rs2 and kn1 are expressed in mutually exclusive domains in vegetative and floral apices. (A and B) In situ hybridization of wild-type shoot apices with probes for rs2 (A) or kn1 (B). (C) rs2-R shoot apex hybridized with ars2-specific probe. (D through F) Spikelets with young glume primordia probed with rs2 (D),kn1 (E), or a sense probe derived from rs2 (F). Arrow in (D) marks the accumulation of rs2 transcripts in the P0 initials of the inner and outer lemmas. Arrow in (E) marks the absence of kn1 transcripts in the corresponding positions. (G and H) Comparable sections through a spikelet that has initiated the lower floret, showing the accumulation ofrs2 (G) but not of kn1 (H) in the pistil. The arrows in (G) and (H) mark the adaxial cells on the lower floret that no longer express kn1 but that do express rs2. P, pistil primordium; F2, secondary or lower floret. Scale bar, 50 μm.

The amino acid sequence conservation between RS2 and PHAN and the resemblance of the phan mutant phenotype to that of maize mutants defective in knox gene regulators (6,9–11) suggest that RS2 and PHAN have analogous functions. Consistent with this, expression of the Antirrhinum homeobox gene SHOOTMERISTEMLESS (AmSTM) (6) is restricted to meristematic tissues in wild-type Antirrhinum but was observed in corollas and young leaves of the phan mutant (Fig. 4) (18). However, unlikers2, phan mutants exhibit adaxial/abaxial polarity defects (11). This suggests that knoxexpression in leaves has different effects on leaf development in maize and Antirrhinum. KNOX proteins delay the transition from cell proliferation to differentiation (5, 8). The spatial pattern of this transition in leaves differs among plant species, resulting in different leaf morphologies. In maize, this pattern is basipetal, such that ectopic knox expression results in a distal displacement of features (5). The development of abaxial features on the adaxial leaf surface of phan mutant leaves suggests that this transition in Antirrhinum is deferred along both the proximodistal and adaxial/abaxial axes. Alternatively, PHAN may affect the regulation of additional target genes, or aspects of the rs2 gene function may be masked by the action of other maize genes with partially redundant functions.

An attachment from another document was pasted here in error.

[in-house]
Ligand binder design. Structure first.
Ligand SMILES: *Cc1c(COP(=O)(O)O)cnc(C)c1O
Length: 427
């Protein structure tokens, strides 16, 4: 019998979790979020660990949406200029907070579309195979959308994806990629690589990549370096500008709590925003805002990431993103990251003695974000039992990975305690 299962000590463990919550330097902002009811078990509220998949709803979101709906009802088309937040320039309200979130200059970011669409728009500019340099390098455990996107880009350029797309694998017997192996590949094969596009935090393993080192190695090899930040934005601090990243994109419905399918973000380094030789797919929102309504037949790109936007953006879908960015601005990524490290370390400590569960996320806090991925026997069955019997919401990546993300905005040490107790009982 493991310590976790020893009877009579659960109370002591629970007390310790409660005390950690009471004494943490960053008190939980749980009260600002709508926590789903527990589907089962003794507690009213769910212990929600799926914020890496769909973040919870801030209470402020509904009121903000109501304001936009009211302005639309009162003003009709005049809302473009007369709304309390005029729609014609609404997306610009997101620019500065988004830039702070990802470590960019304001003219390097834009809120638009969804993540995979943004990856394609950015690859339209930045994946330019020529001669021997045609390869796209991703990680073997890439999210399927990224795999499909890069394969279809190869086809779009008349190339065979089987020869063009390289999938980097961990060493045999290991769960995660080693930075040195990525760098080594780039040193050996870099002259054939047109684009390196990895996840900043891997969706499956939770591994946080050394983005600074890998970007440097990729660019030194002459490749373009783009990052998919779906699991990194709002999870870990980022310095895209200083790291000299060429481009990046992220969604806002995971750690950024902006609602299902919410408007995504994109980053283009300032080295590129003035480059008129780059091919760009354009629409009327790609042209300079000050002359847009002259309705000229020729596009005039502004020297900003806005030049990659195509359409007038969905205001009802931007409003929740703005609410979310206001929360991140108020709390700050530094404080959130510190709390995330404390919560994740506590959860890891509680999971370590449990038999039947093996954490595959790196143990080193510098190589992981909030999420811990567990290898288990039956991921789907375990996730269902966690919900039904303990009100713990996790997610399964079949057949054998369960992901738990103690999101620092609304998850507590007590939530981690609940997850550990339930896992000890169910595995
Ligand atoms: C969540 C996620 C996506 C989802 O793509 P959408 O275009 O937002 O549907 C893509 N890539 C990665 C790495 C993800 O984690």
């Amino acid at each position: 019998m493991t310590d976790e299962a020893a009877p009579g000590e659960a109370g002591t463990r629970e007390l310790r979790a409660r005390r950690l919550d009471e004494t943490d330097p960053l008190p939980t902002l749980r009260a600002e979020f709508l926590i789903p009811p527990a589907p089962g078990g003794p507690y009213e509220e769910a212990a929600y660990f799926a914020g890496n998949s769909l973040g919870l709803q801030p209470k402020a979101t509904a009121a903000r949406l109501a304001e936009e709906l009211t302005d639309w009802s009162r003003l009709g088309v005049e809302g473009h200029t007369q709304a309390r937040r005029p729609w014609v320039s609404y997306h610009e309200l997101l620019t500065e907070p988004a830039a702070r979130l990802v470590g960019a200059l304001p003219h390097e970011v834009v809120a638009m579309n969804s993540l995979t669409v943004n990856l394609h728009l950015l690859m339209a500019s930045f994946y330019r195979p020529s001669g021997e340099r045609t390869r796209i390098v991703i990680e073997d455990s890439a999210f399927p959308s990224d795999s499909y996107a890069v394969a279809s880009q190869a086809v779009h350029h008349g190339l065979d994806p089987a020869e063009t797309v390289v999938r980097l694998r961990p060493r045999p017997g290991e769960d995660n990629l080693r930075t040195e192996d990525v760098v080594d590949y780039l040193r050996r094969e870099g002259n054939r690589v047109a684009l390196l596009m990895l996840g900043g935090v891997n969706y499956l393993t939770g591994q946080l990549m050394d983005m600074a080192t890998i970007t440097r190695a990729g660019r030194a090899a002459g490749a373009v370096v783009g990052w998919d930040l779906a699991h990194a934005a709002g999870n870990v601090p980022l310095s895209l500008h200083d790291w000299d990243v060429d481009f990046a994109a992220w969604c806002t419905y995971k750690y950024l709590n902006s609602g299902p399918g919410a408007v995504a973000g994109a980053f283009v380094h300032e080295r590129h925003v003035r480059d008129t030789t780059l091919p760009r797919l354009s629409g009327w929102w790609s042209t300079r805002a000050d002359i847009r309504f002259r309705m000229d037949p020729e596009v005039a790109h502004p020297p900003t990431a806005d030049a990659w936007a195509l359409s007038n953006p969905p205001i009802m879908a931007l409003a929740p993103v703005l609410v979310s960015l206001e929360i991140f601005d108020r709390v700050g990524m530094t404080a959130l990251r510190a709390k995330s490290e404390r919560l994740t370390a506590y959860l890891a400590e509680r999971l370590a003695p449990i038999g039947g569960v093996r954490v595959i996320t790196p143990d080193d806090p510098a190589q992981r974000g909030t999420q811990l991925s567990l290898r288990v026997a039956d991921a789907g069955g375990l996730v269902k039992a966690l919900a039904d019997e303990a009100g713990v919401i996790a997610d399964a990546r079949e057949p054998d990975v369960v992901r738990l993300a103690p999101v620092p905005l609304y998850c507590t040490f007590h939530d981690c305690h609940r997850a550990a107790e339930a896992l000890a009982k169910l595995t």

Figure 4

Ectopic AmSTM expression in lateral organs of the Antirrhinum phan mutant. Reverse transcriptase–PCR analysis of the expression levels of theknox gene, AmSTM, and the Antirrhinum UBIQUITIN gene in vegetative shoot apices and lateral organs (lanes 2 through 4 and 6 through 8) of either wild-type (lanes 1 through 4) or phan-mutant (lanes 5 through 8) plants. lvs, leaves.

Our observations suggest that rs2 and PHAN act directly or indirectly to maintain knox genes in an “off” state, preventing their expression in leaf and floral primordia and their founder cells. Thus, the rs2- andPHAN-encoded Myb-domain proteins have a function that is analogous to the CURLY LEAF gene of Arabidopsis, which encodes a Polycomb-like factor that suppresses the expression of floral homeotic genes in vegetative parts of the plant (19). In organisms such as Drosophila and yeast, key homeobox genes are spatially regulated by chromatin remodeling factors that confer “cellular memory” (20). The patchiness of phenotypic effects in rs2 mutant leaves, together with the apparent clonal sectors of KNOX protein accumulation, is suggestive of an imperfect silencing of knox gene activity that is clonally propagated during primordium development. Although the rs2 alleles that we analyzed are null alleles,rs2 mutant leaves appear as mosaics of normal and abnormal cell differentiation, and KNOX proteins accumulate only in a variable subset of the normal rs2-expressing cells. In addition, thers2 and phan mutants exhibit phenotypes that are dependent on temperature and on genetic background (6, 10,11). These observations suggest that rs2 acts onknox genes as an epigenetic regulator (21).

  • * To whom correspondence should be addressed. E-mail: timothy.nelson{at}yale.edu